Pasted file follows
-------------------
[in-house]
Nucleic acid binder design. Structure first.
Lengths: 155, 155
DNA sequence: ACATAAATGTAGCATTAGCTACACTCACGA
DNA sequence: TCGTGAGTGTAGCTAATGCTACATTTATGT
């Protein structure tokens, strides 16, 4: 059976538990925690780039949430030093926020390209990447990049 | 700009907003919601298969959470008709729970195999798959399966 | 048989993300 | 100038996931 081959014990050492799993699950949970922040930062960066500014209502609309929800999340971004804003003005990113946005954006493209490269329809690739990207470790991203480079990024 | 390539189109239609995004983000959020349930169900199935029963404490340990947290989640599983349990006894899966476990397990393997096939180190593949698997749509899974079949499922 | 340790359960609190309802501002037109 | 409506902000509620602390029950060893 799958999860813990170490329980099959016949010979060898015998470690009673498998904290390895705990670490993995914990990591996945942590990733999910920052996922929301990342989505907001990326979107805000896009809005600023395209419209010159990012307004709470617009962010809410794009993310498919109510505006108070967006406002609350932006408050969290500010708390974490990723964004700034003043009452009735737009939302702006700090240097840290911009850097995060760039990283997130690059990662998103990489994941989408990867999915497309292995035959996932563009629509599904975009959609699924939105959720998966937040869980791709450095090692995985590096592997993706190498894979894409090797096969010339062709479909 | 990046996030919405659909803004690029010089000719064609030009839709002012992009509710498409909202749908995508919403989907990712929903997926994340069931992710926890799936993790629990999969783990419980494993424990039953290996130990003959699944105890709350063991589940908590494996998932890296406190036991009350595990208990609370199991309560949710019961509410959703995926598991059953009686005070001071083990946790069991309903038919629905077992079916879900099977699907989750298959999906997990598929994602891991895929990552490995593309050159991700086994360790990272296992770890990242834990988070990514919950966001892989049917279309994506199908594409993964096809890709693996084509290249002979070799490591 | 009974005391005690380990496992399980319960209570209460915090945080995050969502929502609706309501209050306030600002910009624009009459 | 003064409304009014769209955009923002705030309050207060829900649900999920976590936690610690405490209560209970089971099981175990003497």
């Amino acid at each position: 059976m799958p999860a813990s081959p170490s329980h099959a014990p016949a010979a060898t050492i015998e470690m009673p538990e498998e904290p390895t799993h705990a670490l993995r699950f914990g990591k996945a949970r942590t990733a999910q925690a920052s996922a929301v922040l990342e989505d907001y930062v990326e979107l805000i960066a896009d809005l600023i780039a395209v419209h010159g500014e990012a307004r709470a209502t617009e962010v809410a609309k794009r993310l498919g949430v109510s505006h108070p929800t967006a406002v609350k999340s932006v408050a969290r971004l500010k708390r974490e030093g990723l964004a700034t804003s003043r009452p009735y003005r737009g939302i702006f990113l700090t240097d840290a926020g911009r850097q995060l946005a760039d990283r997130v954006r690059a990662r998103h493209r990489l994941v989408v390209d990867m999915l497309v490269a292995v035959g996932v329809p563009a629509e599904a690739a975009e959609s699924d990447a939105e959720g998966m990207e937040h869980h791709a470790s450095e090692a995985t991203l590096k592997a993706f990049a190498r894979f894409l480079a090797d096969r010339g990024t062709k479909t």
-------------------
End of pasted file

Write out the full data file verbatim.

[in-house]
Nucleic acid binder design. Structure first.
Lengths: 155, 155
DNA sequence: ACATAAATGTAGCATTAGCTACACTCACGA
DNA sequence: TCGTGAGTGTAGCTAATGCTACATTTATGT
């Protein structure tokens, strides 16, 4: 059976538990925690780039949430030093926020390209990447990049 | 700009907003919601298969959470008709729970195999798959399966 | 048989993300 | 100038996931 081959014990050492799993699950949970922040930062960066500014209502609309929800999340971004804003003005990113946005954006493209490269329809690739990207470790991203480079990024 | 390539189109239609995004983000959020349930169900199935029963404490340990947290989640599983349990006894899966476990397990393997096939180190593949698997749509899974079949499922 | 340790359960609190309802501002037109 | 409506902000509620602390029950060893 799958999860813990170490329980099959016949010979060898015998470690009673498998904290390895705990670490993995914990990591996945942590990733999910920052996922929301990342989505907001990326979107805000896009809005600023395209419209010159990012307004709470617009962010809410794009993310498919109510505006108070967006406002609350932006408050969290500010708390974490990723964004700034003043009452009735737009939302702006700090240097840290911009850097995060760039990283997130690059990662998103990489994941989408990867999915497309292995035959996932563009629509599904975009959609699924939105959720998966937040869980791709450095090692995985590096592997993706190498894979894409090797096969010339062709479909 | 990046996030919405659909803004690029010089000719064609030009839709002012992009509710498409909202749908995508919403989907990712929903997926994340069931992710926890799936993790629990999969783990419980494993424990039953290996130990003959699944105890709350063991589940908590494996998932890296406190036991009350595990208990609370199991309560949710019961509410959703995926598991059953009686005070001071083990946790069991309903038919629905077992079916879900099977699907989750298959999906997990598929994602891991895929990552490995593309050159991700086994360790990272296992770890990242834990988070990514919950966001892989049917279309994506199908594409993964096809890709693996084509290249002979070799490591 | 009974005391005690380990496992399980319960209570209460915090945080995050969502929502609706309501209050306030600002910009624009009459 | 003064409304009014769209955009923002705030309050207060829900649900999920976590936690610690405490209560209970089971099981175990003497």
């Amino acid at each position: 059976m799958p999860a813990s081959p170490s329980h099959a014990p016949a010979a060898t050492i015998e470690m009673p538990e498998e904290p390895t799993h705990a670490l993995r699950f914990g990591k996945a949970r942590t990733a999910q925690a920052s996922a929301v922040l990342e989505d907001y930062v990326e979107l805000i960066a896009d809005l600023i780039a395209v419209h010159g500014e990012a307004r709470a209502t617009e962010v809410a609309k794009r993310l498919g949430v109510s505006h108070p929800t967006a406002v609350k999340s932006v408050a969290r971004l500010k708390r974490e030093g990723l964004a700034t804003s003043r009452p009735y003005r737009g939302i702006f990113l700090t240097d840290a926020g911009r850097q995060l946005a760039d990283r997130v954006r690059a990662r998103h493209r990489l994941v989408v390209d990867m999915l497309v490269a292995v035959g996932v329809p563009a629509e599904a690739a975009e959609s699924d990447a939105e959720g998966m990207e937040h869980h791709a470790s450095e090692a995985t991203l590096k592997a993706f990049a190498r894979f894409l480079a090797d096969r010339g990024t062709k479909t």